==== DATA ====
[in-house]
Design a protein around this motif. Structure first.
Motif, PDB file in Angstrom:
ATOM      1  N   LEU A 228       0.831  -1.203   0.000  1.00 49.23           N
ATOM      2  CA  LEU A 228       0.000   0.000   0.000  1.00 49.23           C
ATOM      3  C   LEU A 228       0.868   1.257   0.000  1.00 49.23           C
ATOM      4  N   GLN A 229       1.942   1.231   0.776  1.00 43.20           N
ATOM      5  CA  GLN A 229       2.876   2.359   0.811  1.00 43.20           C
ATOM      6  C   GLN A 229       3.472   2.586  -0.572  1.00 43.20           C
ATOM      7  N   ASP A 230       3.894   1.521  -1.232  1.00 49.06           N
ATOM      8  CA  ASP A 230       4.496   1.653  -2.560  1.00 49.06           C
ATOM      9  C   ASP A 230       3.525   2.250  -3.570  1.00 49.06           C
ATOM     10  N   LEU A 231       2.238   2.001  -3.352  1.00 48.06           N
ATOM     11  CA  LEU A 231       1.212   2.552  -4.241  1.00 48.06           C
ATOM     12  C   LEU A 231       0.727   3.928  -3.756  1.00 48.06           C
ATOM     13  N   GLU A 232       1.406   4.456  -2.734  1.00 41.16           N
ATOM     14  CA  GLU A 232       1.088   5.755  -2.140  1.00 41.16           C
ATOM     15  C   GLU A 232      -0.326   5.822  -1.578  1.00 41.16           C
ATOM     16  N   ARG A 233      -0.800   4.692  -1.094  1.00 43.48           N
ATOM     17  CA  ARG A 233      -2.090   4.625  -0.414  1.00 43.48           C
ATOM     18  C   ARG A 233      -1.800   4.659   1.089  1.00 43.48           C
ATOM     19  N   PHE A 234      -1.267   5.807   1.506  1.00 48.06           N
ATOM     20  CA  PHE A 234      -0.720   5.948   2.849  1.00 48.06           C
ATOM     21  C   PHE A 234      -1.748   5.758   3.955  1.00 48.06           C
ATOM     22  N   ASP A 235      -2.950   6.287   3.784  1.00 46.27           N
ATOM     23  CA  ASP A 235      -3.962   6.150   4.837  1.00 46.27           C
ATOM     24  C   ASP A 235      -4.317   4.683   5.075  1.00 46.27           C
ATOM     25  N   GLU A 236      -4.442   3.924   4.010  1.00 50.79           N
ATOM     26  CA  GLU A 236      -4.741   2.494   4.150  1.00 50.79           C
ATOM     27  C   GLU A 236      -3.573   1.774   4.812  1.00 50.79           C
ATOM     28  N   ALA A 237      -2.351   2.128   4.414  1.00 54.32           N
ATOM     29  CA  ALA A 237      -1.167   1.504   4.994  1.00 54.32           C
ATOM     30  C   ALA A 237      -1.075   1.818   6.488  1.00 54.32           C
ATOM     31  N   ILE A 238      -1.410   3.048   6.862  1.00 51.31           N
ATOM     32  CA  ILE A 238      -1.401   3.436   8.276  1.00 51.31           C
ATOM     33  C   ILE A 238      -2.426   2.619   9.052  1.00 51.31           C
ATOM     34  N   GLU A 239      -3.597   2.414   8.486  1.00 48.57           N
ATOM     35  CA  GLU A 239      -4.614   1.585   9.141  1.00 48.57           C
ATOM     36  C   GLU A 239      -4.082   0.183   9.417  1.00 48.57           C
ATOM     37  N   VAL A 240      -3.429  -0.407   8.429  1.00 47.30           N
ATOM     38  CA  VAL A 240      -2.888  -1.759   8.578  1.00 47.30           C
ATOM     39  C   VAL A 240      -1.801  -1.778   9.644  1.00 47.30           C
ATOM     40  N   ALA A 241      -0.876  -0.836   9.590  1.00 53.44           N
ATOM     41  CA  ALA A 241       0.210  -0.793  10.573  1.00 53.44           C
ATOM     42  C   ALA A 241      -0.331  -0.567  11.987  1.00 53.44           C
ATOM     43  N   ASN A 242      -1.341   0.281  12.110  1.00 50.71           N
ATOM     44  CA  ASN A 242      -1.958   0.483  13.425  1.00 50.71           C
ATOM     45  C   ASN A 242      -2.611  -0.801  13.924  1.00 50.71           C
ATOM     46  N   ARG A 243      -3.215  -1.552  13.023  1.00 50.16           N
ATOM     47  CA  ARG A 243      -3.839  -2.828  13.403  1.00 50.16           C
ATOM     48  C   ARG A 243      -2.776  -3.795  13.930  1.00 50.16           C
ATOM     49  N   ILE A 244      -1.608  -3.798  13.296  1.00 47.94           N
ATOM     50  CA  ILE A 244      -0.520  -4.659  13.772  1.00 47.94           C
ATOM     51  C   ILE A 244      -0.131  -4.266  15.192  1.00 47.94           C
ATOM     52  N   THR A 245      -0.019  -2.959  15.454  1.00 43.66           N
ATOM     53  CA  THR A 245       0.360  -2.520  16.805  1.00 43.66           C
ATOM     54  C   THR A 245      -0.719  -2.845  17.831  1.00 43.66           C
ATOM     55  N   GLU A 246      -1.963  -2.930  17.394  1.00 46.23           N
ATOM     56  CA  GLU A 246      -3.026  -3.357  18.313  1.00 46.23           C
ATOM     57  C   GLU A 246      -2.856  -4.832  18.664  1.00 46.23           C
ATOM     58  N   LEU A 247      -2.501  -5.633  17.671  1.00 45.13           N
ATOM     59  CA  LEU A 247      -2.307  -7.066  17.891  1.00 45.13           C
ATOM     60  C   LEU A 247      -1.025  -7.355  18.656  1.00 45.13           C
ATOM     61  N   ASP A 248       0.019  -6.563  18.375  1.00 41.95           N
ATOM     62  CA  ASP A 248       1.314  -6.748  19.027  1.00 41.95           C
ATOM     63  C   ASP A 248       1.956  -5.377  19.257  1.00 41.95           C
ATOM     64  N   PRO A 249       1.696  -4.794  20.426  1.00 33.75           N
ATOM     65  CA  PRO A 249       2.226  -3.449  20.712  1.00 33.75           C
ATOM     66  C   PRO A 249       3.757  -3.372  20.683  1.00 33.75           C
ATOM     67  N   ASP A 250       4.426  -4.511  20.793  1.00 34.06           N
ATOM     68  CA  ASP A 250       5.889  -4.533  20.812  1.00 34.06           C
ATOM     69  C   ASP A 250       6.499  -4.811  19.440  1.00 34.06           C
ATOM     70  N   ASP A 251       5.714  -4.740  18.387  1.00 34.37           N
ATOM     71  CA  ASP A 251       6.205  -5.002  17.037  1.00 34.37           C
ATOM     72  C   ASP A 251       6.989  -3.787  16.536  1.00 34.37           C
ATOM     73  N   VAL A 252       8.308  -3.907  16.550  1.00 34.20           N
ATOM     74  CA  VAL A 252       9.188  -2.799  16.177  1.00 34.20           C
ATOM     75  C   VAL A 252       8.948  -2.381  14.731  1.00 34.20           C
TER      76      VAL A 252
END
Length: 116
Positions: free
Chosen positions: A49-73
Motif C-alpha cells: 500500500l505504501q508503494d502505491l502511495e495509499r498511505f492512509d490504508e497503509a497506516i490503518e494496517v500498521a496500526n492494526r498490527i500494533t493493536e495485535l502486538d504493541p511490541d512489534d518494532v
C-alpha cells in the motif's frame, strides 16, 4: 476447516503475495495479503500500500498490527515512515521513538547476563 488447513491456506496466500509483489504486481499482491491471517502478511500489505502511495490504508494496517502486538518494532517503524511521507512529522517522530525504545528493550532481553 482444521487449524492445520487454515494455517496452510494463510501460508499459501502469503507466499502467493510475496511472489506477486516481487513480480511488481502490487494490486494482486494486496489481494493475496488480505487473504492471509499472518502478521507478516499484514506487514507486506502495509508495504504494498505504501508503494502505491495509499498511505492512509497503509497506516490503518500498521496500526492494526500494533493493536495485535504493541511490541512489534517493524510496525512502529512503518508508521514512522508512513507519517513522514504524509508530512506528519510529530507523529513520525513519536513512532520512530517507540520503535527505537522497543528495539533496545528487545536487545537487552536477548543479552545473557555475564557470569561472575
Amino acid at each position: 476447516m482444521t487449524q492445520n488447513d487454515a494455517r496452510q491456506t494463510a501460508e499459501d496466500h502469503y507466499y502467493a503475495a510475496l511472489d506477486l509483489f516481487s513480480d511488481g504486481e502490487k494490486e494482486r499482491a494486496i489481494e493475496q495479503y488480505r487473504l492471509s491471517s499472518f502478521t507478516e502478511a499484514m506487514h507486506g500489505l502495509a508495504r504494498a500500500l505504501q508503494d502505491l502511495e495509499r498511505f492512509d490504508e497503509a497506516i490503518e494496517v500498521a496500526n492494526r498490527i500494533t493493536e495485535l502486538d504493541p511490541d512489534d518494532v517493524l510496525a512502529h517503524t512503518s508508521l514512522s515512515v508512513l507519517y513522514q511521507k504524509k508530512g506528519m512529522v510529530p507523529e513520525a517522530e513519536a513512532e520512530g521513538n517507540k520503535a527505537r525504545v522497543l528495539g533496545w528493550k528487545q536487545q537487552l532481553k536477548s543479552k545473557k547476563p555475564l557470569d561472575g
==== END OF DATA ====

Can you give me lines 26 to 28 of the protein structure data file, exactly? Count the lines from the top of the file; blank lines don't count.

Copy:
ATOM     23  CA  ASP A 235      -3.962   6.150   4.837  1.00 46.27           C
ATOM     24  C   ASP A 235      -4.317   4.683   5.075  1.00 46.27           C
ATOM     25  N   GLU A 236      -4.442   3.924   4.010  1.00 50.79           N